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US Delegation to Visit N. Korea


South Korea's foreign ministry says a group including U.S. congressional foreign policy aides and a top nuclear scientist, will visit North Korea next week. The delegation has been invited by the Stalinist state to tour a controversial nuclear complex at Yongbyon.

If the trip does occur it will be the first time outsiders have been allowed to inspect North Korea's main nuclear complex since the communist government expelled United Nations inspectors a year ago.

North Korea, in October, said it had begun reprocessing 8,000 spent nuclear fuel rods at the Yongbyon complex, which, according to experts, would yield enough plutonium to make several bombs.

South Korean officials say the U.S. delegation will visit North Korea for four days beginning January 6. It reportedly will include about 10 people, including congressional aides, a former director of the U.S. government nuclear weapons laboratory at Los Alamos, a China expert from Stanford University and a former U.S. State Department official who previously negotiated with North Korea.

The White House has given its consent for the trip, according to the USA Today newspaper. Two months ago, the Bush administration blocked a trip to North Korea planned by a Congressional delegation.

A U.S. embassy official in Seoul says he has no information about the visit and cannot comment on the news reports about it.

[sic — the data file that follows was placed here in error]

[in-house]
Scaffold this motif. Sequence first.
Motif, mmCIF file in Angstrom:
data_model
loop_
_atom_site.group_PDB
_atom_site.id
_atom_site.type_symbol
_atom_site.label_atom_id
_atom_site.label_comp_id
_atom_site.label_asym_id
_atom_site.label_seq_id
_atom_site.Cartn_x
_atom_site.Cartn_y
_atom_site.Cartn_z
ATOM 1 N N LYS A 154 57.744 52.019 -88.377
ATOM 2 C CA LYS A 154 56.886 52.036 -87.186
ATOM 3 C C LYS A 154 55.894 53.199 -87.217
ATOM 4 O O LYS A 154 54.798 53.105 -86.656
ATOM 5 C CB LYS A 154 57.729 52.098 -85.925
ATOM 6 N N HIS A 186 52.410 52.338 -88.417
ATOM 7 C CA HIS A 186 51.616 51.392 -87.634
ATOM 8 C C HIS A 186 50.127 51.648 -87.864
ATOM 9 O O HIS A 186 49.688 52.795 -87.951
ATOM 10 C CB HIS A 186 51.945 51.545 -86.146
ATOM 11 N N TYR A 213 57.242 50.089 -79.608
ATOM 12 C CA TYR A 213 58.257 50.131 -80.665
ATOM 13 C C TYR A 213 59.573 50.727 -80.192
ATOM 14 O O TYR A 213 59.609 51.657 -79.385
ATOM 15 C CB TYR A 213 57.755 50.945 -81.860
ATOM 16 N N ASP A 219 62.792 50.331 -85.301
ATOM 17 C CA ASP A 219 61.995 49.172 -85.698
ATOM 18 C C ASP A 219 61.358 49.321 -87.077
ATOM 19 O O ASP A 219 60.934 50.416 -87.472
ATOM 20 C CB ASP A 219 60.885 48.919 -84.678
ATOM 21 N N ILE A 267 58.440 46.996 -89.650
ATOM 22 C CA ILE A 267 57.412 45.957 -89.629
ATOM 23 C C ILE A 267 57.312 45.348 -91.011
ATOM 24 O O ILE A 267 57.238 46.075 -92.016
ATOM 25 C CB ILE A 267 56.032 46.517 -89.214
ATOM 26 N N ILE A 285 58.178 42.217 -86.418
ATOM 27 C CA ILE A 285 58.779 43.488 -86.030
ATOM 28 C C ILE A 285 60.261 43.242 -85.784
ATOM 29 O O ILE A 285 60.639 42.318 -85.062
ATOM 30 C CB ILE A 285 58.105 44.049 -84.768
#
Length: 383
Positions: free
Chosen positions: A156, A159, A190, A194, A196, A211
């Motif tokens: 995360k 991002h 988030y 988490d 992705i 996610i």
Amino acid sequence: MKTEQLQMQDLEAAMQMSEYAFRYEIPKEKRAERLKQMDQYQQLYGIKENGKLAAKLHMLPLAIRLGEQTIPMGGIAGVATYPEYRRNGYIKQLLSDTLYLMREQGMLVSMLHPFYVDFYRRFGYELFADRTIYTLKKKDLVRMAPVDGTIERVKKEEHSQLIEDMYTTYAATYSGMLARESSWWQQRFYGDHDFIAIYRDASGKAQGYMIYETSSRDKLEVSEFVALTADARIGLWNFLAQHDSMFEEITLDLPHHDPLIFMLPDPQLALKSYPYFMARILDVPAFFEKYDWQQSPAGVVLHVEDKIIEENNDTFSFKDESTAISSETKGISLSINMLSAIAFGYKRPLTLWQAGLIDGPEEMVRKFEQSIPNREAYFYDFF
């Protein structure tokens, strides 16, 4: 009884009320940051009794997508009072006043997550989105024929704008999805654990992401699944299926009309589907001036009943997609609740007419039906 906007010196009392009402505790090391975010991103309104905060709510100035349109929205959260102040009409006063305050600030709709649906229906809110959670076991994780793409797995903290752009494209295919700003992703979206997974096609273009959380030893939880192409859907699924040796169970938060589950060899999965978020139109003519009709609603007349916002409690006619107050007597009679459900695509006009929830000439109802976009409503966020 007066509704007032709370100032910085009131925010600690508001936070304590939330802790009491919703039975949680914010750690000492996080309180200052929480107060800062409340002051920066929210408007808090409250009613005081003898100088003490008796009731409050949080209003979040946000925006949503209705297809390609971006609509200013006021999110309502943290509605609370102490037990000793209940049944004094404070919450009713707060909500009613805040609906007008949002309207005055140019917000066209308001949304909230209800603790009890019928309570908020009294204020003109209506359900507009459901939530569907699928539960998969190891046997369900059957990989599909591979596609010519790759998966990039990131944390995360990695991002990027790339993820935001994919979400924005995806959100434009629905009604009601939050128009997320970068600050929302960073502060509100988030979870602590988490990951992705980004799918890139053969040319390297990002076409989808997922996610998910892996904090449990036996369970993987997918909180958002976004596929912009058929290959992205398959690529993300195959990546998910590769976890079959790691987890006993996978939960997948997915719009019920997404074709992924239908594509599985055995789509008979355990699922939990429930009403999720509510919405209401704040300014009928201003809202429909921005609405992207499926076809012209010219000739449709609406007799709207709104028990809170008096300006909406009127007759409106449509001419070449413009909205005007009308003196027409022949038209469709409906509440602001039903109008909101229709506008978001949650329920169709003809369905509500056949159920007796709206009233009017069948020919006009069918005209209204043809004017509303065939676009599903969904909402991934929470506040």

The trip comes amid efforts to convene a second round of multi-lateral talks about North Korea's nuclear weapons development. A first round of talks involving both Koreas, the United States, China, Japan and Russia ended inconclusively.

The Bush administration says an agreement on eliminating North Korea's nuclear weapons must be complete, irreversible and verifiable.

New talks have been anticipated for more than a month, but the process appears stalled. Diplomats say differences remain over how a settlement, involving an end to the North Korean nuclear program in exchange for multi-lateral security guarantees, would be sequenced.

Tensions escalated between Washington and Pyongyang 15 months ago when U.S. officials said North Korea admitted to a secret nuclear arms development program in violation of international agreements.